A Girl At My Door
Doona Bae (Cloud Atlas) and Kim Sae-ron star in writer-director July Jung's drama about an abused teenager and her unlikely friendship with a policewoman.
A middle-aged hairdresser (Trine Dyrholm) contends with cancer, an unfaithful husband and her daughter’s wedding in this romantic comedy from Oscar-winning Danish director Susanne Bier.
This surprisingly light-hearted offering from the writer-director team behind the Oscar-winning (and not remotely light-hearted) In A Better World bears more than a few similarities to Mamma Mia! A single Mum attends her daughter’s wedding in an exotic Mediterranean location and falls for Pierce Brosnan’s crinkly-eyed charms. As romantic comedies go, it’s about as formulaic as they come, though loftier ideas do attempt to surface from time to time.
The original Danish title, which translates as ‘The Bald Hairdresser’, perhaps gives a better idea of what the film was trying to achieve than the insipid ‘Love Is All You Need’. Questions of social class lurk in the subtext, as a humble Danish hairdresser (played with a winning blend of frailty and feistiness by Trine Dyrholm) is pitted against millionaire vegetable exporting tycoon Pierce Brosnan. She has rarely left her hometown while he is a multi-property-owning man-of-the-world, causing peripheral characters to raise eyebrows at the compatibility of their match. The threat of cancer also hangs over the film – Dyrholm’s Marianne has been left bald following a course of chemotherapy and is still waiting for the all-clear. The moment when Marianne is getting ready for her daughter’s pre-wedding party and becomes convinced she has found a lump on her neck is one of the most poignant in the film.
However, the rest of the script – and, at times, the direction too – is painfully predictable. Chance encounters that are supposed to be either comedic or romantic just come across as contrived, and many of the characters are the laziest sort of stereotype, particularly Marianne’s slob of a husband, his dolly bird girlfriend and Brosnan’s brazen sister-in-law. The cast do their best to make the cliché-ridden dialogue sound plausible, and deserve extra credit for flitting between Danish, English and sometimes Italian, but despite their efforts the majority of scenes ring hollow. At 116 minutes, the film also feels a bit overlong for a rom-com, especially from the mid-point onwards when every other shot seems to have been lifted from an upmarket travel agent’s guide to Sorrento.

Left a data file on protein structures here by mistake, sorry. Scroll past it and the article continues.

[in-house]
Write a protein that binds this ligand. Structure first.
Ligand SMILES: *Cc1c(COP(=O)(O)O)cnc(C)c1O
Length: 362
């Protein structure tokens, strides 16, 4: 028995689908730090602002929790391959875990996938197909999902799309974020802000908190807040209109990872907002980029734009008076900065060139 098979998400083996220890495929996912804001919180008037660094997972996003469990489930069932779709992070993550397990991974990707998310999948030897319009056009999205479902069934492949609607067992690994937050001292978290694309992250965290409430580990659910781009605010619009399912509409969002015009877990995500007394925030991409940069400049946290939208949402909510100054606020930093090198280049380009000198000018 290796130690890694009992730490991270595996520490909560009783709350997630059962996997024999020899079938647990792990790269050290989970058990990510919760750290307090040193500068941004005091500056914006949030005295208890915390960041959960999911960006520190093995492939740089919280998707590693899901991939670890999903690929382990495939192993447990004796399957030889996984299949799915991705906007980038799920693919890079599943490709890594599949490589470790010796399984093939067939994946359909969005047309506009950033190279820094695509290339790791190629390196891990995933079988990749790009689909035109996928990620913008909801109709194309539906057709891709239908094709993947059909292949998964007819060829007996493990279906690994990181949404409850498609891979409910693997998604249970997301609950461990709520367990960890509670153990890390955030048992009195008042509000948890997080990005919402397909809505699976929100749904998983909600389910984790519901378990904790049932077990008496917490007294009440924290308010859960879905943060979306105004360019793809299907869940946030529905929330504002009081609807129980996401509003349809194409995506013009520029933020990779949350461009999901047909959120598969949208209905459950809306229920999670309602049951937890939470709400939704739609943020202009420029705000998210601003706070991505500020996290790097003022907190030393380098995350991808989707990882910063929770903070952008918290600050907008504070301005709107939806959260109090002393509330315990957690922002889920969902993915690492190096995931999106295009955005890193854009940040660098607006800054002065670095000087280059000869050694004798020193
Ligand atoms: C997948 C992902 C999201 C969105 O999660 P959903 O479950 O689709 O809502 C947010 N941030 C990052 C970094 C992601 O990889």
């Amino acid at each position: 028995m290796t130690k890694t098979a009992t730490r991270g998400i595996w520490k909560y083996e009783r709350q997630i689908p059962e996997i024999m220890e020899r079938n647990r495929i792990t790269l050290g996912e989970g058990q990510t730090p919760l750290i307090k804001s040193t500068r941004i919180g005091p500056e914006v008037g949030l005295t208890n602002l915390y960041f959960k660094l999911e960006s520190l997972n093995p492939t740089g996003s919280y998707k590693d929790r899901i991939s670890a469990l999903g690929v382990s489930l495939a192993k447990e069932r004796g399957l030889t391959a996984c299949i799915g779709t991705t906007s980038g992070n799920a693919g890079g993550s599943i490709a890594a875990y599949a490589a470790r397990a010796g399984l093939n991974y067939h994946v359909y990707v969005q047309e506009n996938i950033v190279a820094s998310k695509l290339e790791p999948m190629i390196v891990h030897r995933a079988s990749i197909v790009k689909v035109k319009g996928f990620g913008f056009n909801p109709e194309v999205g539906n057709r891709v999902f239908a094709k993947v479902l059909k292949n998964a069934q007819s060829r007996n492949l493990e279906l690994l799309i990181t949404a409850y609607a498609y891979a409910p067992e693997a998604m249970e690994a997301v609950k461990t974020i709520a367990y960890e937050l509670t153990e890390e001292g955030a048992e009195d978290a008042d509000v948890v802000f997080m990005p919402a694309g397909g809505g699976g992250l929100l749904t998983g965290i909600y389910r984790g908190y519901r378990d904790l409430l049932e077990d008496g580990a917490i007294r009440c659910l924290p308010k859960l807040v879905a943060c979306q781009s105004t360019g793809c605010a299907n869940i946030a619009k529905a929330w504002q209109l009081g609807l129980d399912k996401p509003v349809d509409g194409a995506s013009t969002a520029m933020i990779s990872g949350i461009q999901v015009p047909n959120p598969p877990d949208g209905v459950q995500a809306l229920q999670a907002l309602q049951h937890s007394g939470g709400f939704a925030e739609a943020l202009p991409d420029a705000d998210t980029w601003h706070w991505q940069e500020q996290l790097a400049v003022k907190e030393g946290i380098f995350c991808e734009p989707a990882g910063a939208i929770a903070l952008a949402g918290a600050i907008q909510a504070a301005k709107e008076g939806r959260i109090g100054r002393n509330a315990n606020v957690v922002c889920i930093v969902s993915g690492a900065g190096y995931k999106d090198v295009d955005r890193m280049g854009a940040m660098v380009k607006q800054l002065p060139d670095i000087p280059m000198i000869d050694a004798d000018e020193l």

While it’s always commendable when filmmakers attempt to broach new territory, this disappointingly slight rom-com does not live up to director Susanne Bier and writer Anders Thomas Jensen’s more serious work.
Shooting has started in Cincinnati on The Killing of a Sacred Deer,¿ which reunites Colin Farrell with director/producer Yorgos Lanthimos, following the critical and commercial success of The Lobster.
39 titles from Film4's library will be launched to buy or rent on iTunes and Amazon on August 1st, 2016. The collection includes classics and award-winners which will be available for digital download
The best all-singing, all-dancing showstoppers every committed to screen
A summary of the critics and film professionals who voted for the top 50 Horror films of the 21st Century
@Film4 All aboard! Up next at 11.20pm, Denzel Washington & John Travolta star in Tony Scott's The Taking Of Pelham 123. https://t.co/oZEvqhVFDC
@Film4 RT @Film4: Congratulations from all at Film4 to Steve McQueen on receiving this year's @BFI Fellowship! https://t.co/X040FUualD
@Film4 Our late-night highlight at 1.25am is Pedro Almodóvar's dazzling drama Bad Education, starring Gael García Bernal. https://t.co/d8CJVgv5Vp
@Film4 This time next week 👇👇👇https://t.co/QexlAbQJLK
@Film4 @andydanson Well spotted! Yep, that's where we shot it.